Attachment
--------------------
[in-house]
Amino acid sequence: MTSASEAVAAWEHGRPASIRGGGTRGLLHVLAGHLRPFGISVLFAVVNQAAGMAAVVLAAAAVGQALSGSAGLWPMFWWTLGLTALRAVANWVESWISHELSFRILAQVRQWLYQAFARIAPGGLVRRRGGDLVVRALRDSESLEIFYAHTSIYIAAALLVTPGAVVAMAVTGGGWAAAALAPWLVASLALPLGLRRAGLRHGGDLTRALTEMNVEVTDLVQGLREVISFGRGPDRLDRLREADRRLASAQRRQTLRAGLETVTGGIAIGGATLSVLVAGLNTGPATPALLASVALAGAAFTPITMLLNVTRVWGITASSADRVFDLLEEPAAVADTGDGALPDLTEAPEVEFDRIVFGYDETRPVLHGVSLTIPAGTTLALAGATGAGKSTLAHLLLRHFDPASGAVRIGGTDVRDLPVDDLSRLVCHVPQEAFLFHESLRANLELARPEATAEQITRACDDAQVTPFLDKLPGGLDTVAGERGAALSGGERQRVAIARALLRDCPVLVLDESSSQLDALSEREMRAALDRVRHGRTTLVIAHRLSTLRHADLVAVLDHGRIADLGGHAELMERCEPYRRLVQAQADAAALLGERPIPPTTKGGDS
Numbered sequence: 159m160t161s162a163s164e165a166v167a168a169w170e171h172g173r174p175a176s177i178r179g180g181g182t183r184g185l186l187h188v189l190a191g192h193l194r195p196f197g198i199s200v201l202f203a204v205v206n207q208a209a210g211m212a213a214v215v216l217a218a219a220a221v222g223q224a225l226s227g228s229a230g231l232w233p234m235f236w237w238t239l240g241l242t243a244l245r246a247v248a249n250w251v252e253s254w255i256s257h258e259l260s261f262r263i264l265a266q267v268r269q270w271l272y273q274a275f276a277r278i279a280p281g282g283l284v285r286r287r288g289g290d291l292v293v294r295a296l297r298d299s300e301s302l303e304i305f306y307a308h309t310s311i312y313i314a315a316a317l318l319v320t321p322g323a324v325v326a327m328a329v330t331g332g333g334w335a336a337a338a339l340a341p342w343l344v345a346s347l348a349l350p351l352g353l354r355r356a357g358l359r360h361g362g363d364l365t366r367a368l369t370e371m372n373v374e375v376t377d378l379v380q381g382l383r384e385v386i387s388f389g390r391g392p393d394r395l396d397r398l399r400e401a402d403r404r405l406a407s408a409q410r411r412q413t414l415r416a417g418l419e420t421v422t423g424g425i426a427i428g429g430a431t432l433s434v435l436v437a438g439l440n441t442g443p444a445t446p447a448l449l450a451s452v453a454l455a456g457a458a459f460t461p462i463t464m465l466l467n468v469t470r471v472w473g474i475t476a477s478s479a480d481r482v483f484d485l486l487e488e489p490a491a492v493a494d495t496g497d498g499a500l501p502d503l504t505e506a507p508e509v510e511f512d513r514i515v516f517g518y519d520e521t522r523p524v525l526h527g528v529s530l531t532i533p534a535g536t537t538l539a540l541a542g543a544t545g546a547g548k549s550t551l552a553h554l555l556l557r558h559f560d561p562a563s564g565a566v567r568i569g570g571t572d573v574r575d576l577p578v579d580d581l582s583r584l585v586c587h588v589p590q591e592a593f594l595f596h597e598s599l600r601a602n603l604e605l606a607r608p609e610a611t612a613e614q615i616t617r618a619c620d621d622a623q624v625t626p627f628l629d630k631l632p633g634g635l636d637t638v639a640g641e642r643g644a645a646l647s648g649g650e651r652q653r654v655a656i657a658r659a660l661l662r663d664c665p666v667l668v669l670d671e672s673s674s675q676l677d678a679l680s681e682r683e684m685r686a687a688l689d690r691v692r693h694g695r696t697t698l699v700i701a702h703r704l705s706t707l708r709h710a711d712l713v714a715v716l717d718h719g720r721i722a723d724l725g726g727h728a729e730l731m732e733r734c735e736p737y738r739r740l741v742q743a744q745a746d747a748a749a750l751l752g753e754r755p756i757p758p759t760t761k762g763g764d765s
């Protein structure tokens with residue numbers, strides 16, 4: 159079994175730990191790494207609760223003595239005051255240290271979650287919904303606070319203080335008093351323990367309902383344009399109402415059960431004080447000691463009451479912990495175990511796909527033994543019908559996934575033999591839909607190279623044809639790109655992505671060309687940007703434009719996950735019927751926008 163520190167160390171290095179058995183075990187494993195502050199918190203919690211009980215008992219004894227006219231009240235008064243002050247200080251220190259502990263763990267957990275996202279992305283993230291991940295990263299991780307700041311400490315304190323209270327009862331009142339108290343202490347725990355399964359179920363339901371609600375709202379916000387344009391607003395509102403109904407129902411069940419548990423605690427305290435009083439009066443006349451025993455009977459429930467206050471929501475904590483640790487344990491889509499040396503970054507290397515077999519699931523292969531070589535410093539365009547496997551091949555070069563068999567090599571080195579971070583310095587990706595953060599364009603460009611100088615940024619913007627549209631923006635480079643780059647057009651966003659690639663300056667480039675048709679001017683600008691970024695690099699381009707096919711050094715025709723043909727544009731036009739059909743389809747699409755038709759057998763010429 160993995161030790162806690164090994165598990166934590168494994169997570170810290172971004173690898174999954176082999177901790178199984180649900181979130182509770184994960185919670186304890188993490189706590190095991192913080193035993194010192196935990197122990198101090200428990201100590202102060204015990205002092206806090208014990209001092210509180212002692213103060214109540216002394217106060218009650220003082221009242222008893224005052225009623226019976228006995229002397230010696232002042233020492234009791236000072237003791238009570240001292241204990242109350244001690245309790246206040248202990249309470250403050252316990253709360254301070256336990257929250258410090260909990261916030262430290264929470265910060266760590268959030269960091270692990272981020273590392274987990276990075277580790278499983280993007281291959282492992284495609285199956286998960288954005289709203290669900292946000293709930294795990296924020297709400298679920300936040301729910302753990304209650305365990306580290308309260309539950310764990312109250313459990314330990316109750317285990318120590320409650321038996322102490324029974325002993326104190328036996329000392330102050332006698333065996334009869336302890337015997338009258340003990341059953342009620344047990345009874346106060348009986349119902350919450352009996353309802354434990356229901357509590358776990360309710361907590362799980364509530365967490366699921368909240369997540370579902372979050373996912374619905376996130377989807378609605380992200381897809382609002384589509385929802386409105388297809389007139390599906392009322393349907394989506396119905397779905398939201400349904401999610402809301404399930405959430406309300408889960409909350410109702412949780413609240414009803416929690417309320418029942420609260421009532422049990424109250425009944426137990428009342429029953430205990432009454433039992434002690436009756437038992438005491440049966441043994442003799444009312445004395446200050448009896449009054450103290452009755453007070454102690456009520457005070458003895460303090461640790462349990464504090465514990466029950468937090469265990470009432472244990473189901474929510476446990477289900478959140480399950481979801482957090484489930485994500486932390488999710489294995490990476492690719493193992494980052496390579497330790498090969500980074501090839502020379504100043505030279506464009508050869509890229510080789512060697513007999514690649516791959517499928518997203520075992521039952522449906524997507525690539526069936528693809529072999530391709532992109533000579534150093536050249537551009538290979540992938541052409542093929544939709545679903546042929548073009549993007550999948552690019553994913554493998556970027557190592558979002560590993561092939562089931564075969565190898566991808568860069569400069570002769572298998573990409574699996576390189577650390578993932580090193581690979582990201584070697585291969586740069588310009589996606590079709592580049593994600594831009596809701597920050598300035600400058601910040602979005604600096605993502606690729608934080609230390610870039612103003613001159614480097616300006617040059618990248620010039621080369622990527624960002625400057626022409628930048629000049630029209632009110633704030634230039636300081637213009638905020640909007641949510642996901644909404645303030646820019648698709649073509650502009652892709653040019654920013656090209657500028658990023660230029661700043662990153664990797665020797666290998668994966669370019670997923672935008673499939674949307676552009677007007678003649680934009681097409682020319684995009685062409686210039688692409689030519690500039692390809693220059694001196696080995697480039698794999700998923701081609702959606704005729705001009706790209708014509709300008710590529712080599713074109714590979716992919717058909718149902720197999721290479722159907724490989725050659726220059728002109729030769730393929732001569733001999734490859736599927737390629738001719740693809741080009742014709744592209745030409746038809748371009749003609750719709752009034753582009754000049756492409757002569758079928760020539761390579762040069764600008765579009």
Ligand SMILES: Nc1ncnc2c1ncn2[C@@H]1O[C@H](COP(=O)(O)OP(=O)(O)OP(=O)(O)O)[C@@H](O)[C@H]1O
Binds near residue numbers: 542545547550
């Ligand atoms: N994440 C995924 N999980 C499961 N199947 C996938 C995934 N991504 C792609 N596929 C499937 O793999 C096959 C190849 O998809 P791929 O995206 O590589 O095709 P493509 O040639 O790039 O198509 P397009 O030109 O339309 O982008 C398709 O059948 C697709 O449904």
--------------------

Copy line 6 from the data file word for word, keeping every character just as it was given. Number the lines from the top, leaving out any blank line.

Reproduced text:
Binds near residue numbers: 542545547550